New HBO Show Continues to Grow Audience as Season Goes On

HBO already has strong footing when it comes to "water cooler TV," and its new show The Last of Us is proving to be exceptional even among the network's other hits. According to a report by Deadline, this weekend's episode got even more viewers than last week, meaning that each episode of the show so far has increased its viewership. This definitely bodes well for the apocalyptic drama.

The Last of Us Episode 3 premiered on Sunday night with 6.4 million live viewers, according to data from Nielsen and HBO itself. That's a 12 percent increase from last week and a 37 percent increase from the series premiere, which had 4.7 million same-day viewers. The second episode had already set a record for the largest week 2 audience growth for an HBO original drama series, so it's safe to say that The Last of Us is a certified TV sensation. It's no surprise that HBO has already renewed the series for a second season.

The Last of Us has reignited conversations about "water cooler TV" and the benefits of a week-by-week release rather than an all-at-once binge model. Fans note that it's easier for a show with a weekly release to become a cultural sensation as it increases word-of-mouth promotion and it makes the show feel like an event that viewers will want to be a part of. However, the reality is that many shows get the most viewers for their season premieres and season finales, with low ratings in between. The Last of Us has broken this pattern so far.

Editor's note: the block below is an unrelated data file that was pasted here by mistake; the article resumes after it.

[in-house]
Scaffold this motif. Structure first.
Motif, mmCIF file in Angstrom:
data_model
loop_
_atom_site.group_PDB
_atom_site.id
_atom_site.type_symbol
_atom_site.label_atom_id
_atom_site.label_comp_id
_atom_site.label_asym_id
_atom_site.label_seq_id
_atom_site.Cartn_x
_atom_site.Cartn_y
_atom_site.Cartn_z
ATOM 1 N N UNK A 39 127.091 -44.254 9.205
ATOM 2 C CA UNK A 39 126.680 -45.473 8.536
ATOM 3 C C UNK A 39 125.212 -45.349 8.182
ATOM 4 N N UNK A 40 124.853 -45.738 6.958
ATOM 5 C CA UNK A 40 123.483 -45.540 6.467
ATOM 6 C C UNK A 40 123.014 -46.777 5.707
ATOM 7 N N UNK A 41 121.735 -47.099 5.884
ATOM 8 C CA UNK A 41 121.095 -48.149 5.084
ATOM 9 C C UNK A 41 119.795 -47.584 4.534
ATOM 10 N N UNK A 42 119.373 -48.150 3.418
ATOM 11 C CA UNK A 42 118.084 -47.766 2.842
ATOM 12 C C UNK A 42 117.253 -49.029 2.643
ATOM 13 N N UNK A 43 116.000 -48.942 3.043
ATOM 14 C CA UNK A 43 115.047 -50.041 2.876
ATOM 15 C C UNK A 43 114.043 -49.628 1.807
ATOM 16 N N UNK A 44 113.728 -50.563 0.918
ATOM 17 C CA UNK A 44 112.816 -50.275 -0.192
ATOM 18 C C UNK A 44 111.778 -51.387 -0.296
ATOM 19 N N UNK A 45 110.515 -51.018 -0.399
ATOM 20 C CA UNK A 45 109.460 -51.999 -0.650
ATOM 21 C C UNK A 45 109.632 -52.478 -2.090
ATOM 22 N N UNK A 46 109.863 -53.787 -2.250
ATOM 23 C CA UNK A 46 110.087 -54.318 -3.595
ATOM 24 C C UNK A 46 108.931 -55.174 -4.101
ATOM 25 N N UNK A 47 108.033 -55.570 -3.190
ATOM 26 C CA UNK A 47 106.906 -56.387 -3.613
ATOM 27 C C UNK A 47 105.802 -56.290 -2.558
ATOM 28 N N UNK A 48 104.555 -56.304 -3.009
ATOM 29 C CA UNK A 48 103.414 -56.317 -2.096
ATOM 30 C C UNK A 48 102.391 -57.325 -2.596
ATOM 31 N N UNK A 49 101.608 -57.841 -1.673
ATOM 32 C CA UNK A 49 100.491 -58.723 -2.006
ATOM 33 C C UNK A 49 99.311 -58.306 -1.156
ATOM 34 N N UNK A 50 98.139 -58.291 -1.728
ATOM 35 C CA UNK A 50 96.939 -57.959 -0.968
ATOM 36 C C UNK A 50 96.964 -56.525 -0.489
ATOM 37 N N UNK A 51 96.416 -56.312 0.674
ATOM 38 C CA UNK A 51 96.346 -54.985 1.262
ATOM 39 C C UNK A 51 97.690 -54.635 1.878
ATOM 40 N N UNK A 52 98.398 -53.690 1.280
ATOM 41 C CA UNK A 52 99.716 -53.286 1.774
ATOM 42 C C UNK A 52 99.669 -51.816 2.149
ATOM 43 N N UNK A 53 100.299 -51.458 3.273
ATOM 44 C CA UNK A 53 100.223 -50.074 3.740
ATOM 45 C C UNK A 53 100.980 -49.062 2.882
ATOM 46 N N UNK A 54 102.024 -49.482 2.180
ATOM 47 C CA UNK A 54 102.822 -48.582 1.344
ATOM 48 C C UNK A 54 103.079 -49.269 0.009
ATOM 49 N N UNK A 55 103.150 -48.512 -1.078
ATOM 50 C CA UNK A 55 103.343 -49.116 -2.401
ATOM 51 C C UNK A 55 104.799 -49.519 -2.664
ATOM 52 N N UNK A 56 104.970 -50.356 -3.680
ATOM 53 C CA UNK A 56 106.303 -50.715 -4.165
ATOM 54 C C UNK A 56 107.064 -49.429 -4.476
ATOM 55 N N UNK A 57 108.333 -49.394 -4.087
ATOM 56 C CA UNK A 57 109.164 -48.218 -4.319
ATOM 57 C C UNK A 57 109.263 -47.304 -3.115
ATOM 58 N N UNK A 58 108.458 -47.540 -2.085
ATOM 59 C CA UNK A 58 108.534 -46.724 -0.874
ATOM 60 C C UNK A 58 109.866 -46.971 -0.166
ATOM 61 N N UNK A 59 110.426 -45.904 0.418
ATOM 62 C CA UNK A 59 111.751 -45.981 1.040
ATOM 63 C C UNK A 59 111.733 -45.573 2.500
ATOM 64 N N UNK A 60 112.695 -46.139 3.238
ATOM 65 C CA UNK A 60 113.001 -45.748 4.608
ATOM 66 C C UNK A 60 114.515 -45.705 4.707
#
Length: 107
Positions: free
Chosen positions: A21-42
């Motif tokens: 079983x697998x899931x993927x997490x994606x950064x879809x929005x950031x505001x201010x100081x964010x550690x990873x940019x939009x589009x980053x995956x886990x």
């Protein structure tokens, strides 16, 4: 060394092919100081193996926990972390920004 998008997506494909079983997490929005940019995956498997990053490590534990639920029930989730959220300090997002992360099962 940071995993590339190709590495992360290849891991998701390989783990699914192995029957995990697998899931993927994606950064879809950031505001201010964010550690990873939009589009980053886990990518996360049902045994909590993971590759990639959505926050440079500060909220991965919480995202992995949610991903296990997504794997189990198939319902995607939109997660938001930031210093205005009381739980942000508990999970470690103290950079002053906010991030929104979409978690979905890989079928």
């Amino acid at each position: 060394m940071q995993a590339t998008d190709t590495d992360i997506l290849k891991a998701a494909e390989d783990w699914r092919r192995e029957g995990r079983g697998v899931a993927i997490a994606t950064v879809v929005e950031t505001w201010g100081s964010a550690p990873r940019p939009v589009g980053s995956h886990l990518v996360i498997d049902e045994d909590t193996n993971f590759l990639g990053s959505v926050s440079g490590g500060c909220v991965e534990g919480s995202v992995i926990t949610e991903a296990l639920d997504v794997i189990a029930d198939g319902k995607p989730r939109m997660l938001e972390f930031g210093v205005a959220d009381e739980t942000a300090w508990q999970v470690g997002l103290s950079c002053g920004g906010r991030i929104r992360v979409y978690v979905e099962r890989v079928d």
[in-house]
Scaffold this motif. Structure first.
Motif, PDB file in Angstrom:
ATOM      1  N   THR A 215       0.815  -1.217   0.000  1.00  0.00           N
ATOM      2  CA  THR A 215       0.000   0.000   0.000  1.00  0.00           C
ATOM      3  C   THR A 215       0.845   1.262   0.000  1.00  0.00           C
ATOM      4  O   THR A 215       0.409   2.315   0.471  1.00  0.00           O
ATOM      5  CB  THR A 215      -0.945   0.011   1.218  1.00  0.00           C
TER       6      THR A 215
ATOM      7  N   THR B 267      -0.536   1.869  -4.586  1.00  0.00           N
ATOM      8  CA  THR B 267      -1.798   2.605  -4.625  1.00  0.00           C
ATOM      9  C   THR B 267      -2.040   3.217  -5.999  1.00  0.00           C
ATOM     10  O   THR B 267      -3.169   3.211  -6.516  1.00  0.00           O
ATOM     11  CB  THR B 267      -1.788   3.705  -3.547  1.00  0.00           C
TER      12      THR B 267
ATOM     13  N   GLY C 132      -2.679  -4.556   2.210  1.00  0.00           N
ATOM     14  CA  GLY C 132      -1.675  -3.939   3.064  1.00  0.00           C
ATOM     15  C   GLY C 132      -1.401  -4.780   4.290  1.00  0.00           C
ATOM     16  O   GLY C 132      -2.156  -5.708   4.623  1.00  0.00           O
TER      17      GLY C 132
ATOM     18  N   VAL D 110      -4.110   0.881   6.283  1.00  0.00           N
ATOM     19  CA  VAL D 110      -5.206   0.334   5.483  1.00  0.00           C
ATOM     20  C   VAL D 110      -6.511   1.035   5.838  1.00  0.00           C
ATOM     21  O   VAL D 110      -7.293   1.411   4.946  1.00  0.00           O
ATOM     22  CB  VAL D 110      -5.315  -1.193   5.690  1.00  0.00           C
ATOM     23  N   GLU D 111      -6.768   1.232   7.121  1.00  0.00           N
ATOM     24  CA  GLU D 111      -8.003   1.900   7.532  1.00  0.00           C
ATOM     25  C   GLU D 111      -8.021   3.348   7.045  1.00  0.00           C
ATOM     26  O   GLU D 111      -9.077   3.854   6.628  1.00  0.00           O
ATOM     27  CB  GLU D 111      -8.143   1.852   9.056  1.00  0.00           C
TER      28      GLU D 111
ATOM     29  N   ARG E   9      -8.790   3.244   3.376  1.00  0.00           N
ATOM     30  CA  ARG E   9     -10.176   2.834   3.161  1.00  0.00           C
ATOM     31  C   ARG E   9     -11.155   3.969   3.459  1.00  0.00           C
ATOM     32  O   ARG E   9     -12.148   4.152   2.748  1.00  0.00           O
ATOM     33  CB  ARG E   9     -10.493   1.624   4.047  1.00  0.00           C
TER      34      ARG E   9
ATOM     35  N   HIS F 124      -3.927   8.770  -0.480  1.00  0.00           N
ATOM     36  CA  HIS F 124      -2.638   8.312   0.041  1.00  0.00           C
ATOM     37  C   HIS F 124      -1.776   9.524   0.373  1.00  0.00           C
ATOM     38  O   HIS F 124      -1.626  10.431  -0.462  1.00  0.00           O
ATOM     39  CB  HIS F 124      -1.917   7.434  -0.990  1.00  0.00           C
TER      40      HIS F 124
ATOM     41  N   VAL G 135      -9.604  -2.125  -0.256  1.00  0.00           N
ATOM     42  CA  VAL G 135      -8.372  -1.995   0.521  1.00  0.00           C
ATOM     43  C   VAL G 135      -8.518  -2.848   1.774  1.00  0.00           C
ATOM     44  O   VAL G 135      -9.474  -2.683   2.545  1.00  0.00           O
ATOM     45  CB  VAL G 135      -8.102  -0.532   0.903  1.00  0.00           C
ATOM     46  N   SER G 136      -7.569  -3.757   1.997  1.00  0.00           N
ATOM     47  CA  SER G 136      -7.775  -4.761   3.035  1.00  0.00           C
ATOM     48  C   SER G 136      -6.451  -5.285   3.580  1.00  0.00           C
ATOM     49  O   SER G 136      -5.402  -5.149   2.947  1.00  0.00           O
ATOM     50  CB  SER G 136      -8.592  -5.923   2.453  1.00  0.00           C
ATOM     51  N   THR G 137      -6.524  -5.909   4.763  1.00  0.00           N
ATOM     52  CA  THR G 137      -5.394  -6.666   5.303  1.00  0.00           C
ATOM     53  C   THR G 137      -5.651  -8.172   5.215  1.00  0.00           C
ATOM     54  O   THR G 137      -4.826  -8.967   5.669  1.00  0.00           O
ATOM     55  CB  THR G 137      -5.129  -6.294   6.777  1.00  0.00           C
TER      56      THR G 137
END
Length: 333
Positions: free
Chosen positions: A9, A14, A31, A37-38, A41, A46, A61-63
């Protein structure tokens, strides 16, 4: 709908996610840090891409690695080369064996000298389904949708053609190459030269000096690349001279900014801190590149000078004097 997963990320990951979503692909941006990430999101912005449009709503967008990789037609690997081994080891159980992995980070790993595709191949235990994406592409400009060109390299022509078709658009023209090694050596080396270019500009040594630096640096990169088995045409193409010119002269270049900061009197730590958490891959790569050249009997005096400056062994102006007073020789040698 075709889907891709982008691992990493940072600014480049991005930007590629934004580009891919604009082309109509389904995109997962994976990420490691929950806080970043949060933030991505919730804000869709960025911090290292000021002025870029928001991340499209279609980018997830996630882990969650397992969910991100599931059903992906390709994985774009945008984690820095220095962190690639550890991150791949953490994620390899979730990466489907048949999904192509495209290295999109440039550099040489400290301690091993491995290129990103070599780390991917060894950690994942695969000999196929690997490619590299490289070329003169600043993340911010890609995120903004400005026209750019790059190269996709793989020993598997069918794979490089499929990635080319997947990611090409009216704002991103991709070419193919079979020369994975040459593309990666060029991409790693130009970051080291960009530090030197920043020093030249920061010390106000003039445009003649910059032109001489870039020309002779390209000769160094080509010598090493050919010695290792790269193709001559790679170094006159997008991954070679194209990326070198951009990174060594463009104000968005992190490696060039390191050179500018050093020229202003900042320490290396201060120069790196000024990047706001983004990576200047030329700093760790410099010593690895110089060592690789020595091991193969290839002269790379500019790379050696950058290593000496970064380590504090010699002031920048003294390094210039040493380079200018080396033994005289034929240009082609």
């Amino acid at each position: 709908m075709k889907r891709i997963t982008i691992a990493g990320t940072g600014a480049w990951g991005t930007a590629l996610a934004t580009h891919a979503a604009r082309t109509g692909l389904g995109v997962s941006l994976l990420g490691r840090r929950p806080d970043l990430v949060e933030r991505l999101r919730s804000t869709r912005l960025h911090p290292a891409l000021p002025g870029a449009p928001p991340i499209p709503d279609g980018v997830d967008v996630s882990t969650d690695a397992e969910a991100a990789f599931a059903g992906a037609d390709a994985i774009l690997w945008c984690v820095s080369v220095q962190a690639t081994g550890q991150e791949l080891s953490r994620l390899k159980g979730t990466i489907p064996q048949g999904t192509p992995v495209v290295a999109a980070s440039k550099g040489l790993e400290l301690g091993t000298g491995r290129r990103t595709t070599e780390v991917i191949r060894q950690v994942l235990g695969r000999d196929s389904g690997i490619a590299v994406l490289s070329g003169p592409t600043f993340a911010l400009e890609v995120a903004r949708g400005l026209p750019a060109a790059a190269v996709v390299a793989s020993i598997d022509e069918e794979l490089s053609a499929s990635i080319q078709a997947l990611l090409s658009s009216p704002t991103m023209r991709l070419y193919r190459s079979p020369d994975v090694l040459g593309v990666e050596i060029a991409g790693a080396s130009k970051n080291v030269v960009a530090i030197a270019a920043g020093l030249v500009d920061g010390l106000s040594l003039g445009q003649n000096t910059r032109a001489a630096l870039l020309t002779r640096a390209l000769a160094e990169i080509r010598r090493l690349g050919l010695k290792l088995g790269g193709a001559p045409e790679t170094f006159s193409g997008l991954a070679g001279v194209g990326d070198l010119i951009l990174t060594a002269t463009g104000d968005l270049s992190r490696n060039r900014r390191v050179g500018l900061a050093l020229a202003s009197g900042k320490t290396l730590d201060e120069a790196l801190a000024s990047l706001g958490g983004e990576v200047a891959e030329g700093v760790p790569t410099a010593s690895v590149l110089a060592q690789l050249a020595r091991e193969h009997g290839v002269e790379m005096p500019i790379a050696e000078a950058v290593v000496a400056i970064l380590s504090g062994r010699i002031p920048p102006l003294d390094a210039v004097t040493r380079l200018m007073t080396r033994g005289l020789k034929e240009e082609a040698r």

Still, streaming has obviously played a role in this success. Fans who missed the season premiere likely caught up on HBO Max – possibly at the recommendation of a friend – and the streaming model will allow new viewers to jump in at any time for the rest of the season. HBO has already released the ratings with streaming views included so far – the first two episodes averaged 21.3 million viewers each, and they will likely increase in the weeks to come.

The Last of Us is an adaptation of a beloved PlayStation video game, so it comes with a built-in audience to some extent. In the story, modern civilization effectively collapsed in the early 2000s, with survivors living mostly in oppressive "quarantine zones." It is about a man named Joel (Pedro Pascal) who is experienced in traveling outside the quarantine zones. He is hired to smuggle 14-year-old Ellie (Bella Ramsey) out of an area, but the task soon grows into a brutal journey and a test of wills.

The Last of Us airs on Sundays at 9 p.m. ET on HBO. The first three episodes are streaming now on HBO Max.